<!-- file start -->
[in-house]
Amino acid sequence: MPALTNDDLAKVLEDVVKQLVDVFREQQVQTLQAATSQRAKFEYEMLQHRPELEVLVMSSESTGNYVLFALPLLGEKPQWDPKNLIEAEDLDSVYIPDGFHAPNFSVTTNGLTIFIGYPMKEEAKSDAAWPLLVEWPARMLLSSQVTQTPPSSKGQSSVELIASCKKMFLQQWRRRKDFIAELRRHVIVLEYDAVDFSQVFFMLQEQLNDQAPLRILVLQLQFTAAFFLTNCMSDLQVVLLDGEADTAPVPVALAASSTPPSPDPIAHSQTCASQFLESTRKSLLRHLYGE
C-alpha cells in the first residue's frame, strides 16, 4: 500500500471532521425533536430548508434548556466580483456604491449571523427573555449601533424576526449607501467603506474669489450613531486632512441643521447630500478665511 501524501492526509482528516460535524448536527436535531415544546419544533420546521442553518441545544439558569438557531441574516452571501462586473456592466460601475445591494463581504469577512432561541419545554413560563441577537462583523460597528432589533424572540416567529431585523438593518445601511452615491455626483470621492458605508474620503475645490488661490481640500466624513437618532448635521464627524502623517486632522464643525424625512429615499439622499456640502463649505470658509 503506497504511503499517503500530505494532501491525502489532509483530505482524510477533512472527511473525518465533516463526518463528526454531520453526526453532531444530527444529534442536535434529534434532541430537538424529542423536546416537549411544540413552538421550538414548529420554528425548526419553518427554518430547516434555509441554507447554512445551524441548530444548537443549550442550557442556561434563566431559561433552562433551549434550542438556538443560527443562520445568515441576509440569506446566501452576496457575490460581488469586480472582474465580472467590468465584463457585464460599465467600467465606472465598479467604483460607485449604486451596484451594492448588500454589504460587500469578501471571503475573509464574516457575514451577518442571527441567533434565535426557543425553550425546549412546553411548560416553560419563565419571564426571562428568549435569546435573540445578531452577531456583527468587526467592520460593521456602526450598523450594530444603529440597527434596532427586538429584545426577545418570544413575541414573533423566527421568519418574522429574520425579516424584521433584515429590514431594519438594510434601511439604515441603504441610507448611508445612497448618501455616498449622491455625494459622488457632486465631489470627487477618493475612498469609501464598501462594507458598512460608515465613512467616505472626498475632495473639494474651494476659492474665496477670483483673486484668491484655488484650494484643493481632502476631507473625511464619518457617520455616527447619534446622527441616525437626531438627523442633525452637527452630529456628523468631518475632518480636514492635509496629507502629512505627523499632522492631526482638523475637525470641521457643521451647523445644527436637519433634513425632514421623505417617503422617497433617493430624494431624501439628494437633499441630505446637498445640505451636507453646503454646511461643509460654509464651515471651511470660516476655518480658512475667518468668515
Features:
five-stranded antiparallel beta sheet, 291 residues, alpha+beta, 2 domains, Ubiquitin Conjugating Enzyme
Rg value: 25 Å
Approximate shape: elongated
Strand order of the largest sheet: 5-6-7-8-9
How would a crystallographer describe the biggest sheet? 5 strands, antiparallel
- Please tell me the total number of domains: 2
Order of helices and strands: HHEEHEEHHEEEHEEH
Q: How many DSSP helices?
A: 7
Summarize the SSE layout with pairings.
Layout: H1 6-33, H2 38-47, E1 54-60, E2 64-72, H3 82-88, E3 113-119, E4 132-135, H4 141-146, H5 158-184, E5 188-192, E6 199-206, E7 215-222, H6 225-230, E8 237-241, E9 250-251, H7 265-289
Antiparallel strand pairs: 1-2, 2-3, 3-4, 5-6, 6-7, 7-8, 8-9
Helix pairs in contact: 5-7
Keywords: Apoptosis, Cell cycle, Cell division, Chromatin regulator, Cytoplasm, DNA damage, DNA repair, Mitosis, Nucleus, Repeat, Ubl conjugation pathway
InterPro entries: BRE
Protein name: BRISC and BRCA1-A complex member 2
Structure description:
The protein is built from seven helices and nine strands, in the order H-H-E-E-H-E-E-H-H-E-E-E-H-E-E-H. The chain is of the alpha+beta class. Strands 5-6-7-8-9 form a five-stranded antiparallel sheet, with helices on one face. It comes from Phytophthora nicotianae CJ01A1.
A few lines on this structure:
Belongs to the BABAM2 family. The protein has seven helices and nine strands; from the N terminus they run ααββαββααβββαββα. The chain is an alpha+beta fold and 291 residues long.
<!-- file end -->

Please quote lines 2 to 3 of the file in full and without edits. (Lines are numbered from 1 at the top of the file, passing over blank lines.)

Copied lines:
Amino acid sequence: MPALTNDDLAKVLEDVVKQLVDVFREQQVQTLQAATSQRAKFEYEMLQHRPELEVLVMSSESTGNYVLFALPLLGEKPQWDPKNLIEAEDLDSVYIPDGFHAPNFSVTTNGLTIFIGYPMKEEAKSDAAWPLLVEWPARMLLSSQVTQTPPSSKGQSSVELIASCKKMFLQQWRRRKDFIAELRRHVIVLEYDAVDFSQVFFMLQEQLNDQAPLRILVLQLQFTAAFFLTNCMSDLQVVLLDGEADTAPVPVALAASSTPPSPDPIAHSQTCASQFLESTRKSLLRHLYGE
C-alpha cells in the first residue's frame, strides 16, 4: 500500500471532521425533536430548508434548556466580483456604491449571523427573555449601533424576526449607501467603506474669489450613531486632512441643521447630500478665511 501524501492526509482528516460535524448536527436535531415544546419544533420546521442553518441545544439558569438557531441574516452571501462586473456592466460601475445591494463581504469577512432561541419545554413560563441577537462583523460597528432589533424572540416567529431585523438593518445601511452615491455626483470621492458605508474620503475645490488661490481640500466624513437618532448635521464627524502623517486632522464643525424625512429615499439622499456640502463649505470658509 503506497504511503499517503500530505494532501491525502489532509483530505482524510477533512472527511473525518465533516463526518463528526454531520453526526453532531444530527444529534442536535434529534434532541430537538424529542423536546416537549411544540413552538421550538414548529420554528425548526419553518427554518430547516434555509441554507447554512445551524441548530444548537443549550442550557442556561434563566431559561433552562433551549434550542438556538443560527443562520445568515441576509440569506446566501452576496457575490460581488469586480472582474465580472467590468465584463457585464460599465467600467465606472465598479467604483460607485449604486451596484451594492448588500454589504460587500469578501471571503475573509464574516457575514451577518442571527441567533434565535426557543425553550425546549412546553411548560416553560419563565419571564426571562428568549435569546435573540445578531452577531456583527468587526467592520460593521456602526450598523450594530444603529440597527434596532427586538429584545426577545418570544413575541414573533423566527421568519418574522429574520425579516424584521433584515429590514431594519438594510434601511439604515441603504441610507448611508445612497448618501455616498449622491455625494459622488457632486465631489470627487477618493475612498469609501464598501462594507458598512460608515465613512467616505472626498475632495473639494474651494476659492474665496477670483483673486484668491484655488484650494484643493481632502476631507473625511464619518457617520455616527447619534446622527441616525437626531438627523442633525452637527452630529456628523468631518475632518480636514492635509496629507502629512505627523499632522492631526482638523475637525470641521457643521451647523445644527436637519433634513425632514421623505417617503422617497433617493430624494431624501439628494437633499441630505446637498445640505451636507453646503454646511461643509460654509464651515471651511470660516476655518480658512475667518468668515